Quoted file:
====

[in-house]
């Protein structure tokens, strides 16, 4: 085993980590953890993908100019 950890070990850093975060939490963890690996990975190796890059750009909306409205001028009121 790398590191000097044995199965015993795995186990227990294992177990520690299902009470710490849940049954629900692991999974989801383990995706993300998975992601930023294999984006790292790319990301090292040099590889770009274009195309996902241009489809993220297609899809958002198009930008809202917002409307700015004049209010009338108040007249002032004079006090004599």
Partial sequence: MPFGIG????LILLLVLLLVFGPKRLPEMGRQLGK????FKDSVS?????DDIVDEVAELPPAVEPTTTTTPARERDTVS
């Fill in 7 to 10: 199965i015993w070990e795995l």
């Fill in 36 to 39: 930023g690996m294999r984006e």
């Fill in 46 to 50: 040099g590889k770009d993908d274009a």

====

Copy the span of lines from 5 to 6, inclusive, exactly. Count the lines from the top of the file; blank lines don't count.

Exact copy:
């Fill in 36 to 39: 930023g690996m294999r984006e």
């Fill in 46 to 50: 040099g590889k770009d993908d274009a």